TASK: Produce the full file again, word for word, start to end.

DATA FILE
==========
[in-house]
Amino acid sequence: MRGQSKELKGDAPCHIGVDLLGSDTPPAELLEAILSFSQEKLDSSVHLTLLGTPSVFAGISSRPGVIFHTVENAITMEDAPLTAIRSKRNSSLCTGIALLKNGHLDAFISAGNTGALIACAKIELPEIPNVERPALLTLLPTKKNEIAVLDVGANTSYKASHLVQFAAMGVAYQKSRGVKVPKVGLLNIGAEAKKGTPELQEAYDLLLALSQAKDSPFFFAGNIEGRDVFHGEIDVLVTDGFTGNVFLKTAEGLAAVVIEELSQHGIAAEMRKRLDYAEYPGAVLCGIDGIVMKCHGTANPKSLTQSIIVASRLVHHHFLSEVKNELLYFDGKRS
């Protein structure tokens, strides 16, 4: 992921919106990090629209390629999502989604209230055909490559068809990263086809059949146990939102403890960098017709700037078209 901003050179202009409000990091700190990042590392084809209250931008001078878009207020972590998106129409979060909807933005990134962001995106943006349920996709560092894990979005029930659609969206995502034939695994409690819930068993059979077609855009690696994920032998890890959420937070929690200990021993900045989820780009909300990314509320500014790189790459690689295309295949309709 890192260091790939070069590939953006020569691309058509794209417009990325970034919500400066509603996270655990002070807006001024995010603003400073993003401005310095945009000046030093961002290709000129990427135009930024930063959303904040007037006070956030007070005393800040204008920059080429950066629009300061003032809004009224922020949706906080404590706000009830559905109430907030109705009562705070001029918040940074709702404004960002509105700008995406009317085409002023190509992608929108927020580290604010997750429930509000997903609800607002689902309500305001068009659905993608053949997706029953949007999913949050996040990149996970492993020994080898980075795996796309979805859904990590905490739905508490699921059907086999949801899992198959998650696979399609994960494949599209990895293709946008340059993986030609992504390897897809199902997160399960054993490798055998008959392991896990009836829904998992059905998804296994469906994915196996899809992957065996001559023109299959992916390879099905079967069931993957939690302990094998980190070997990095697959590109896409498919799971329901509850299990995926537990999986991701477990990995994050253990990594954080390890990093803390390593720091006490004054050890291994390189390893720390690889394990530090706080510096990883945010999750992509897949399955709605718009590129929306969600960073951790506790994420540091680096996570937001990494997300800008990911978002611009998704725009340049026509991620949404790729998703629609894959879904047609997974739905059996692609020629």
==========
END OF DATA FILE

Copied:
[in-house]
Amino acid sequence: MRGQSKELKGDAPCHIGVDLLGSDTPPAELLEAILSFSQEKLDSSVHLTLLGTPSVFAGISSRPGVIFHTVENAITMEDAPLTAIRSKRNSSLCTGIALLKNGHLDAFISAGNTGALIACAKIELPEIPNVERPALLTLLPTKKNEIAVLDVGANTSYKASHLVQFAAMGVAYQKSRGVKVPKVGLLNIGAEAKKGTPELQEAYDLLLALSQAKDSPFFFAGNIEGRDVFHGEIDVLVTDGFTGNVFLKTAEGLAAVVIEELSQHGIAAEMRKRLDYAEYPGAVLCGIDGIVMKCHGTANPKSLTQSIIVASRLVHHHFLSEVKNELLYFDGKRS
């Protein structure tokens, strides 16, 4: 992921919106990090629209390629999502989604209230055909490559068809990263086809059949146990939102403890960098017709700037078209 901003050179202009409000990091700190990042590392084809209250931008001078878009207020972590998106129409979060909807933005990134962001995106943006349920996709560092894990979005029930659609969206995502034939695994409690819930068993059979077609855009690696994920032998890890959420937070929690200990021993900045989820780009909300990314509320500014790189790459690689295309295949309709 890192260091790939070069590939953006020569691309058509794209417009990325970034919500400066509603996270655990002070807006001024995010603003400073993003401005310095945009000046030093961002290709000129990427135009930024930063959303904040007037006070956030007070005393800040204008920059080429950066629009300061003032809004009224922020949706906080404590706000009830559905109430907030109705009562705070001029918040940074709702404004960002509105700008995406009317085409002023190509992608929108927020580290604010997750429930509000997903609800607002689902309500305001068009659905993608053949997706029953949007999913949050996040990149996970492993020994080898980075795996796309979805859904990590905490739905508490699921059907086999949801899992198959998650696979399609994960494949599209990895293709946008340059993986030609992504390897897809199902997160399960054993490798055998008959392991896990009836829904998992059905998804296994469906994915196996899809992957065996001559023109299959992916390879099905079967069931993957939690302990094998980190070997990095697959590109896409498919799971329901509850299990995926537990999986991701477990990995994050253990990594954080390890990093803390390593720091006490004054050890291994390189390893720390690889394990530090706080510096990883945010999750992509897949399955709605718009590129929306969600960073951790506790994420540091680096996570937001990494997300800008990911978002611009998704725009340049026509991620949404790729998703629609894959879904047609997974739905059996692609020629």